Sony Pictures’ Missing uses Adobe Creative Cloud to bring a riveting computer-screen thriller to life
Image source: Sony Pictures Publicity.
In 2018, Searching introduced audiences everywhere to the screenlife genre — where stories unfold entirely on screens, from computers to cellphones to smartwatches, security cameras, and more. Now, the creators of Searching have delivered a new edge-of-your-seat mystery in its sequel Missing, proving once again that the digital world makes for compelling filmmaking. To bring their clever computer-screen thriller to life, the filmmakers turned to Adobe Creative Cloud.
Written and directed by Nick Johnson and Will Merrick, Missing blends a star-studded cast with technological triumphs to captivate the viewer. When Grace — played by Nia Long — disappears while on vacation in Colombia with a new boyfriend, her teenage daughter June — portrayed by Storm Reid — turns to the internet in her search for answers. Stuck thousands of miles away in Los Angeles, June uses the latest technology to find her mom before it's too late.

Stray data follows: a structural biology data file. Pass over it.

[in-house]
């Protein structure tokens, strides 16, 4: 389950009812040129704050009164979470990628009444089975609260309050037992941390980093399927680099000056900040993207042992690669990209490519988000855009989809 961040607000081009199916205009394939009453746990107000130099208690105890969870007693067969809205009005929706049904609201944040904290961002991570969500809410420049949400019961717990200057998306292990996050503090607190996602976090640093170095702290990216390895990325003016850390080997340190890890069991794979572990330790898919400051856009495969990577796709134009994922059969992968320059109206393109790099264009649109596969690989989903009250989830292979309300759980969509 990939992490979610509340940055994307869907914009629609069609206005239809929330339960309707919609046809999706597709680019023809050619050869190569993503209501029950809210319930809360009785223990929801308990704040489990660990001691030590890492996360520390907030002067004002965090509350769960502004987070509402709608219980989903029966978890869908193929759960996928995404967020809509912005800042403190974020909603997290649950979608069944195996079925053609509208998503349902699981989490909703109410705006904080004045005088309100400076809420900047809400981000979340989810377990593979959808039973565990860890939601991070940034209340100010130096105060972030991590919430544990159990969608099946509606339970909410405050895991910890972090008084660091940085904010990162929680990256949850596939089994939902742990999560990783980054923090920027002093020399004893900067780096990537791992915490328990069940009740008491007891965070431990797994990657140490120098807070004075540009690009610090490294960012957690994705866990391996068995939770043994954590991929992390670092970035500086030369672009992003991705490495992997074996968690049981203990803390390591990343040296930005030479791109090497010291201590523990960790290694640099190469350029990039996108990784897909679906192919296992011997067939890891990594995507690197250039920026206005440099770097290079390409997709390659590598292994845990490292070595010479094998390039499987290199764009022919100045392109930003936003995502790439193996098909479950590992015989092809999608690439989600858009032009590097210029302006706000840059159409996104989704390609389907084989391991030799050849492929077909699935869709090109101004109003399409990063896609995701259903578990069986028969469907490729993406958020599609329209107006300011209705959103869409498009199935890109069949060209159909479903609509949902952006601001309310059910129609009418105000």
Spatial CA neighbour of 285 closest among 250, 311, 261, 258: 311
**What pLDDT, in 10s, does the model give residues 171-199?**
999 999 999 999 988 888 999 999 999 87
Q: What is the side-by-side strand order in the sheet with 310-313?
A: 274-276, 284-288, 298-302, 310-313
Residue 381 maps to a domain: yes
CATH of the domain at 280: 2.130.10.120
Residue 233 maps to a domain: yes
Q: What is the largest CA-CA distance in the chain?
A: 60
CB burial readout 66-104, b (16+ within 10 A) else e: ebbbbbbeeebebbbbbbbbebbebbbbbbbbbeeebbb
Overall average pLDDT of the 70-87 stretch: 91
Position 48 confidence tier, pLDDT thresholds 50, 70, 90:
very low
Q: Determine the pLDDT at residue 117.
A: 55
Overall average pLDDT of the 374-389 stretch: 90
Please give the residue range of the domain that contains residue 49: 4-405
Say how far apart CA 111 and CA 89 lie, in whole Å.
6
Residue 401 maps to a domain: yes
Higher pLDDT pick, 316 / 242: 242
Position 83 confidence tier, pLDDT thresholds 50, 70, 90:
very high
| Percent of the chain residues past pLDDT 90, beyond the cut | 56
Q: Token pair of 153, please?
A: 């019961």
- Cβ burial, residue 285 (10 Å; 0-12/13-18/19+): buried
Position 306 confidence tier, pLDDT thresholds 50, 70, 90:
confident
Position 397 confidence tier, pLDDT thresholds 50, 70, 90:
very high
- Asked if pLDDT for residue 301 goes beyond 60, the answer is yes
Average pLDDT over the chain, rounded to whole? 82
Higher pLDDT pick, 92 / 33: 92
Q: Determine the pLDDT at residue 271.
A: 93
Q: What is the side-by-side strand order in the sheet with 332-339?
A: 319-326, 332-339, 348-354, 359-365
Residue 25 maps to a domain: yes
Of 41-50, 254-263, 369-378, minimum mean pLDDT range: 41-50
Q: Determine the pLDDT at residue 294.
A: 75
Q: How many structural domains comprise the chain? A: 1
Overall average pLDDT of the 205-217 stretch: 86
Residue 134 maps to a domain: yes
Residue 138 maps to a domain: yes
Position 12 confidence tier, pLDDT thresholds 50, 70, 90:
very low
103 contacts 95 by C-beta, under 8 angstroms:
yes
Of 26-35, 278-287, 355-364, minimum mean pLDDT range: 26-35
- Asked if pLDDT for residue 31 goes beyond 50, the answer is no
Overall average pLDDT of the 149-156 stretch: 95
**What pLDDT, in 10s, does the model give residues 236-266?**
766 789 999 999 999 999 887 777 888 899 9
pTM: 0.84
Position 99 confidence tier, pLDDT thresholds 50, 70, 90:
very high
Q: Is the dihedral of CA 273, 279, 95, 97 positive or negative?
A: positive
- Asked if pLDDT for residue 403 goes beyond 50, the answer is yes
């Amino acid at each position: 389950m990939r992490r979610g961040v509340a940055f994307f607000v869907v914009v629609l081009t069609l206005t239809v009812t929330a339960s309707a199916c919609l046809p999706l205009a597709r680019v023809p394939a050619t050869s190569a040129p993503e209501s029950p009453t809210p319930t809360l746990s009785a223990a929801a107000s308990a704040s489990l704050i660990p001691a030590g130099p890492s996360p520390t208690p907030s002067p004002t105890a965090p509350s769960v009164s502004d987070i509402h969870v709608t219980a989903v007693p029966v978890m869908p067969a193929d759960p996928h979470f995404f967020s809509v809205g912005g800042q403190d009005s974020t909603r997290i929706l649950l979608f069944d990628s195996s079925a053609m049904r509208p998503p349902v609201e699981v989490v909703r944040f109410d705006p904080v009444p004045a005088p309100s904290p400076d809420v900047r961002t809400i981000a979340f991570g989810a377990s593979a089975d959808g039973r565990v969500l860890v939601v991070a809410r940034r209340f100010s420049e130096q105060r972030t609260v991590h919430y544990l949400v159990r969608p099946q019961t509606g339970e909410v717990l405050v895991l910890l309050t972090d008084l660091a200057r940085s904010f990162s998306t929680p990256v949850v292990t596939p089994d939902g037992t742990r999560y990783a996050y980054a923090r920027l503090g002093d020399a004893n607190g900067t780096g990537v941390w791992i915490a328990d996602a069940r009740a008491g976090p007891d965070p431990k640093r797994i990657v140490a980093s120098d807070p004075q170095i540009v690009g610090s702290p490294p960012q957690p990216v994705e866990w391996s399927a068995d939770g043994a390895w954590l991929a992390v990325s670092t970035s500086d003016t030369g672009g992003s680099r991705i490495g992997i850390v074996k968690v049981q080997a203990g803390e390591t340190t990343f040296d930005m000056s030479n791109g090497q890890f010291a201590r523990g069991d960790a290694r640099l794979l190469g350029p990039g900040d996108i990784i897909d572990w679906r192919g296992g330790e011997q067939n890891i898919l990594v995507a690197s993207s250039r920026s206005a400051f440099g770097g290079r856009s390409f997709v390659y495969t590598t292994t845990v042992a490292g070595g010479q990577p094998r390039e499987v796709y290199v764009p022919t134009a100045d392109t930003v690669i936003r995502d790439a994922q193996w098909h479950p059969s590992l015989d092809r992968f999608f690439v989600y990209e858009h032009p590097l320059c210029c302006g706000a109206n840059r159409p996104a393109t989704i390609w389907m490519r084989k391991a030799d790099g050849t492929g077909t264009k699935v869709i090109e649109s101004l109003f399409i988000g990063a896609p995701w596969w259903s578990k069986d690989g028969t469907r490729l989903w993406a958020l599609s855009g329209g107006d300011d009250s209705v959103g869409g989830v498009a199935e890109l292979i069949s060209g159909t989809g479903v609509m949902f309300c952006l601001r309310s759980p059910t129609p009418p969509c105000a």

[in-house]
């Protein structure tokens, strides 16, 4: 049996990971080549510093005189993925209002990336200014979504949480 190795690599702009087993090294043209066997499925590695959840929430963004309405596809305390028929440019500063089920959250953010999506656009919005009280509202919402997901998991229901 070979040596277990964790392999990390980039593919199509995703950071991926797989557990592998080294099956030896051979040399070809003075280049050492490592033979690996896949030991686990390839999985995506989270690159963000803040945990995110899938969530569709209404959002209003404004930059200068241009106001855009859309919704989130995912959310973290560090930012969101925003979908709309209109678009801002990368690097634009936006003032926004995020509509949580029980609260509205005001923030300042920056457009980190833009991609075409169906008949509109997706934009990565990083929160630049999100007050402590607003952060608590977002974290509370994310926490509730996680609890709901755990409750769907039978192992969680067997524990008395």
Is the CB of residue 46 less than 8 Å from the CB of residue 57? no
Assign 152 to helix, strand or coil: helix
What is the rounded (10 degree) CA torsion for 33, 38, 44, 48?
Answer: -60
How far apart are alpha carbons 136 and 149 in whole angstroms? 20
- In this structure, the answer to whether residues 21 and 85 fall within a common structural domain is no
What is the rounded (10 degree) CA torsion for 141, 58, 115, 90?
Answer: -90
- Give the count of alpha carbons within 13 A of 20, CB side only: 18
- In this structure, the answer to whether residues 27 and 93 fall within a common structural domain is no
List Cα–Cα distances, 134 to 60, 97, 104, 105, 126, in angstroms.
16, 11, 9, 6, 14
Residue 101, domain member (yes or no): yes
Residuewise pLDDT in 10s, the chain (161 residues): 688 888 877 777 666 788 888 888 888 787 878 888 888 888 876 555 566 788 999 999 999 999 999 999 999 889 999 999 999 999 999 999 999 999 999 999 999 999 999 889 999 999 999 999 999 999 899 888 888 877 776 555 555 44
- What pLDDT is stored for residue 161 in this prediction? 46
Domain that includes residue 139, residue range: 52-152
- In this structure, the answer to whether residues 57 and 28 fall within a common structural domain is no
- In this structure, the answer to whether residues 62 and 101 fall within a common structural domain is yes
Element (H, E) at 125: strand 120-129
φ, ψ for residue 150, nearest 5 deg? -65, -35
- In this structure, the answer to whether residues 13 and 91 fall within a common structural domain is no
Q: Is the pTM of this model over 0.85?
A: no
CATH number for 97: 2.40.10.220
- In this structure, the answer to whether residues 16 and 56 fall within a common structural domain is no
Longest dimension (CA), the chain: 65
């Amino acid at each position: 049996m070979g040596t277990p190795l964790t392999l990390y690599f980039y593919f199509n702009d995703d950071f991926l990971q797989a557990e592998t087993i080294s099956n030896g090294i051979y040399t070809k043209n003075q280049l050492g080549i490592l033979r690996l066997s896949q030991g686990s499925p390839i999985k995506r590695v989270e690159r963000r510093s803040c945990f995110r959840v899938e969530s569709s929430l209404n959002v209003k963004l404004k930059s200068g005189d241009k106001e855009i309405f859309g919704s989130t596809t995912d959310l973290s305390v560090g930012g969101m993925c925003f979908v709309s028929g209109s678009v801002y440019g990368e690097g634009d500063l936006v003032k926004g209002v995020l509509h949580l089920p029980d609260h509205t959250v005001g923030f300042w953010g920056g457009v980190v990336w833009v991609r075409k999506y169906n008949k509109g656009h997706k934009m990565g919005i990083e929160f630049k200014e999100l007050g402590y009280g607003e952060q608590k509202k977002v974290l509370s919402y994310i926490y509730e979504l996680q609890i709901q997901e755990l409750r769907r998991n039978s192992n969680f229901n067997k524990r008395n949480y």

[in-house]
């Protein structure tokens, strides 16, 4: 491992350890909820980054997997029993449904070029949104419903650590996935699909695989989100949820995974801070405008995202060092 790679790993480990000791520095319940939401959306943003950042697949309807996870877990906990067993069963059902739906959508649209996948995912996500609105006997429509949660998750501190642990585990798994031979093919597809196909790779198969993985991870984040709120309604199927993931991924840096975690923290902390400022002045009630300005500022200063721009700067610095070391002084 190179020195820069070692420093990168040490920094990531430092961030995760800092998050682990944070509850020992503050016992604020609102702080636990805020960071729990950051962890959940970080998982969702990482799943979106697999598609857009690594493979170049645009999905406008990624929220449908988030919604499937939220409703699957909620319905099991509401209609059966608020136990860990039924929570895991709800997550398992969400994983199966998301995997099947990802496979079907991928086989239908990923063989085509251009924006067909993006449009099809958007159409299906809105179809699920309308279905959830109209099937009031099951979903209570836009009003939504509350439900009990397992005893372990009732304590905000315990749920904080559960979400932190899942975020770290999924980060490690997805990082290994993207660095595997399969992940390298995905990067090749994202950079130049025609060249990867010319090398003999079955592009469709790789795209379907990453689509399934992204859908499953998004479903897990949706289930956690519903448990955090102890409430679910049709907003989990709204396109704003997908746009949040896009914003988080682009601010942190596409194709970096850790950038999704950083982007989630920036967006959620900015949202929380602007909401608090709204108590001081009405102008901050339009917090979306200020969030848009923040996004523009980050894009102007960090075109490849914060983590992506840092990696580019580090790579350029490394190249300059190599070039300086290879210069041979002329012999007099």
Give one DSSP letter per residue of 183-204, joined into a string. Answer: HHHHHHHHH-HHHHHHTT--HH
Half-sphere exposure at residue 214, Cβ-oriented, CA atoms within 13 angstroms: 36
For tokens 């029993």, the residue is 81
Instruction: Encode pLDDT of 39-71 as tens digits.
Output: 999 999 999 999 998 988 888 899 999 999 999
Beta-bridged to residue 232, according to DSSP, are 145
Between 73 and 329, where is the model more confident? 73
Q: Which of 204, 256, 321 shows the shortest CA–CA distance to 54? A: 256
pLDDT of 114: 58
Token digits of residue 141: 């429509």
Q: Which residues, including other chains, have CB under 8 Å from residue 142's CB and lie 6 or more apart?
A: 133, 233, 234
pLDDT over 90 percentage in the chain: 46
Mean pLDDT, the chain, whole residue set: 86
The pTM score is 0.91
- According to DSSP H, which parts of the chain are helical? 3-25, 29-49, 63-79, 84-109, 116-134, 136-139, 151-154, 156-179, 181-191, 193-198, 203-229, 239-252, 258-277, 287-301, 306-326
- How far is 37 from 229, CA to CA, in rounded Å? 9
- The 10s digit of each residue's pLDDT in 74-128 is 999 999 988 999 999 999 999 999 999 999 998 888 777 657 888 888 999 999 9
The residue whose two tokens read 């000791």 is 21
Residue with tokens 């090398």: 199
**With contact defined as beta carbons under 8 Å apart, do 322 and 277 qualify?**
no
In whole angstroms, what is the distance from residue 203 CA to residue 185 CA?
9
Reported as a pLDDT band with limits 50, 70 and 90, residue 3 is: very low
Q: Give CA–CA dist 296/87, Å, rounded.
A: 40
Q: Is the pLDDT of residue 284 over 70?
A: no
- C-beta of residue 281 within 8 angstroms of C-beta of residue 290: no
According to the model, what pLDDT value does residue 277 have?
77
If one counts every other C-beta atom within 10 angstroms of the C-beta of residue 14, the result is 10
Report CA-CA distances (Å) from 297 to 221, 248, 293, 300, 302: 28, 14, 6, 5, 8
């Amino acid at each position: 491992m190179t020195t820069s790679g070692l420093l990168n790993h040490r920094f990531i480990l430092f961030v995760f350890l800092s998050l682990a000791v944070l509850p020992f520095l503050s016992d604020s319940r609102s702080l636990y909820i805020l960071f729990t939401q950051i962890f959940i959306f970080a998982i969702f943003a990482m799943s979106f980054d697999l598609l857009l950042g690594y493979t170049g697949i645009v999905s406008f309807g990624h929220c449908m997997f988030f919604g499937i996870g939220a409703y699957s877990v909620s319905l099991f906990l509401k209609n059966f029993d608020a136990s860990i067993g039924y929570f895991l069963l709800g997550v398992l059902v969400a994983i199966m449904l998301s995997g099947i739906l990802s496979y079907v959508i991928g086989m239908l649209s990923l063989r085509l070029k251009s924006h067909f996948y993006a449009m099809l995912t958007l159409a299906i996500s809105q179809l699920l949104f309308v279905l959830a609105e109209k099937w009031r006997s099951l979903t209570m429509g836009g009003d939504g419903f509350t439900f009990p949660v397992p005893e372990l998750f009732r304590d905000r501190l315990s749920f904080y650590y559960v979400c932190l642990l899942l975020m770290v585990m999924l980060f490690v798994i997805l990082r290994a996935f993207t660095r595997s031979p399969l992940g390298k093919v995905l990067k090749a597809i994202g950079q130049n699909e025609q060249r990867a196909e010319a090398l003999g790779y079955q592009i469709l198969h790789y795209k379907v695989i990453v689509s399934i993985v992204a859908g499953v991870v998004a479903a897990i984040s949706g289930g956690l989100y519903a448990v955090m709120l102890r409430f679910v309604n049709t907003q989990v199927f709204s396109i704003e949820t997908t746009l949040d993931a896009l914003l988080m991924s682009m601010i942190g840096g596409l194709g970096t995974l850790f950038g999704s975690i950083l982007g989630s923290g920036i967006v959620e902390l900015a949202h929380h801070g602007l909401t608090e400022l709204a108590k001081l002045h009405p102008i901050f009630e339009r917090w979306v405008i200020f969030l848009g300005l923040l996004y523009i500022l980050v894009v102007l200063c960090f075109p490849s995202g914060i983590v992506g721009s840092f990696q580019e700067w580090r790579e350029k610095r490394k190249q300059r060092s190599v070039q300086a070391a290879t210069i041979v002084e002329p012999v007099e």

Like June, the filmmakers relied on innovative tech to craft a tale told entirely through digital devices.
“Making a screen-life film required us to edit, build shots, and design thousands of graphics simultaneously,” said editors Arielle Zakowski and Austin Keeling. “We needed tools that were fast, flexible, and collaborative. Without Premiere Pro, After Effects, Frame.io, and the entire Adobe Creative Cloud, this film would not exist.”
Zakowski and Keeling’s workflow took full advantage of the interoperability of Adobe Creative Cloud software. The editors mocked up graphics with Photoshop and Illustrator, before dynamically linking the content over to After Effects for final assembly. While cutting the film in Premiere Pro, the editorial team relied on the tool’s most popular features — from Motion Graphics templates to the Sensei-powered Morph Cut — to bring each element on screen to life. The pair also used Productions in Premiere Pro to remotely collaborate with each other and the film’s assistant editors, while turning to Frame.io’s cloud-based review and approvals platform to garner feedback from directors, producers, and studio team at Sony Pictures.
Missing, now playing in theaters nationwide, tells an equally fascinating story behind-the-scenes as it does on screen. Read on to hear more from editors Zakowski and Keeling about how they created the new gripping screenlife film.
How and where did you first learn to edit?